Tackling inequality is not only a moral imperative. It is critical for sustaining growth.
Global income inequality has declined in recent years, with the Gini index — a statistical measure of income distribution with a value of zero indicating perfect equality — dropping from 68 in 1988 to 62 in 2013, reflecting relatively strong growth in many emerging and developing economies, particularly in China and India.
Here are several ways the International Monetary Fund (IMF) is helping countries assess and adapt their policies:
Calibrating Fiscal Policies. As a government’s primary mechanism for redistributing income across populations, fiscal policies are key to addressing inequality issues.
Protecting Social Spending and Increasing its Effectiveness. Reallocating resources away from ineffective spending programs, such as on fossil fuel subsidies, to effective social spending programs such as cash transfers, can strengthen social assistance, and help counteract the negative impact sometimes associated with needed economic reforms.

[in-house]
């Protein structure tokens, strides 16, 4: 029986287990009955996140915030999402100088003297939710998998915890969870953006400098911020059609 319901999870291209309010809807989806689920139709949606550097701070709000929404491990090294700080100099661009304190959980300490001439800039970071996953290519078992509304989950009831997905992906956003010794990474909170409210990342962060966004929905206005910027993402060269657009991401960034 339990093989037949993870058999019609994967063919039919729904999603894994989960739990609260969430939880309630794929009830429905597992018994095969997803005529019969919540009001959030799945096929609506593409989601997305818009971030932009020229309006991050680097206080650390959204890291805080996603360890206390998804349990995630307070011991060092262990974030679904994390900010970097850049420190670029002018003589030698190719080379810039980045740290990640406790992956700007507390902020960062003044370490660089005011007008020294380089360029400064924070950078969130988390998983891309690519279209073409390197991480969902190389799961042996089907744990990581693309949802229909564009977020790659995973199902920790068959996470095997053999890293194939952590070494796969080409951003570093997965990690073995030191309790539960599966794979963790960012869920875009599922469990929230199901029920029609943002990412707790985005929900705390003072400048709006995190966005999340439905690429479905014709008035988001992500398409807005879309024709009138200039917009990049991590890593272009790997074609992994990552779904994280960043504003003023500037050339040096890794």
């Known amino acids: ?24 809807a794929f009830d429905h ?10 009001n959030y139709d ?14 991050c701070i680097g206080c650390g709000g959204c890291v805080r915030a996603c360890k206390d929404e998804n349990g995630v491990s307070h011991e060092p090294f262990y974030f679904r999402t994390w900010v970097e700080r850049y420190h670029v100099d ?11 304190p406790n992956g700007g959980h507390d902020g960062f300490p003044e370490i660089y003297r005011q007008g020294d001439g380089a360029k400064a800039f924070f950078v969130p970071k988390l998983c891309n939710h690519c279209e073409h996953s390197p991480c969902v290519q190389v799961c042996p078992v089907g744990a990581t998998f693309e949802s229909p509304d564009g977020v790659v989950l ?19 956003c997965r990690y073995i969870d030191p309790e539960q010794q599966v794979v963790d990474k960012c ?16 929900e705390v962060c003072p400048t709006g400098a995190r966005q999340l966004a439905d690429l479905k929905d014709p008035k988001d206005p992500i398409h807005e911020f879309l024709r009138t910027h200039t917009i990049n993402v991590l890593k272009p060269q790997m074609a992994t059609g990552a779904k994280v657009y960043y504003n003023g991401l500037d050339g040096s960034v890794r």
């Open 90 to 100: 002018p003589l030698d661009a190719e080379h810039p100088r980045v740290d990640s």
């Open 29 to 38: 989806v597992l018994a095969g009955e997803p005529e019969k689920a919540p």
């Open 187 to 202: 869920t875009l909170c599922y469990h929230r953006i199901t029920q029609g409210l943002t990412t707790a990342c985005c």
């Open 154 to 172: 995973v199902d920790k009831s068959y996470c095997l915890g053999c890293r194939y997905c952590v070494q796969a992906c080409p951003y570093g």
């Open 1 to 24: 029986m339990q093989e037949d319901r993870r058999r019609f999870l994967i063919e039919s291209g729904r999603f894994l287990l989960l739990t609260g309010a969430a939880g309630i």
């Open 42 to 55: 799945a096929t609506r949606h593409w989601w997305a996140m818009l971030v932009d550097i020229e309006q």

Balancing Labor Market Policies. In Poland, IMF staff advocated for policies that support structural transformation in the less developed eastern regions to reduce regional disparities and promote inclusive growth. A further study in 2015 focused on the relationship between labor market institutions and the distribution of incomes in advanced economies.
Read the full article about how the IMF is addressing global inequality at blogs.imf.org
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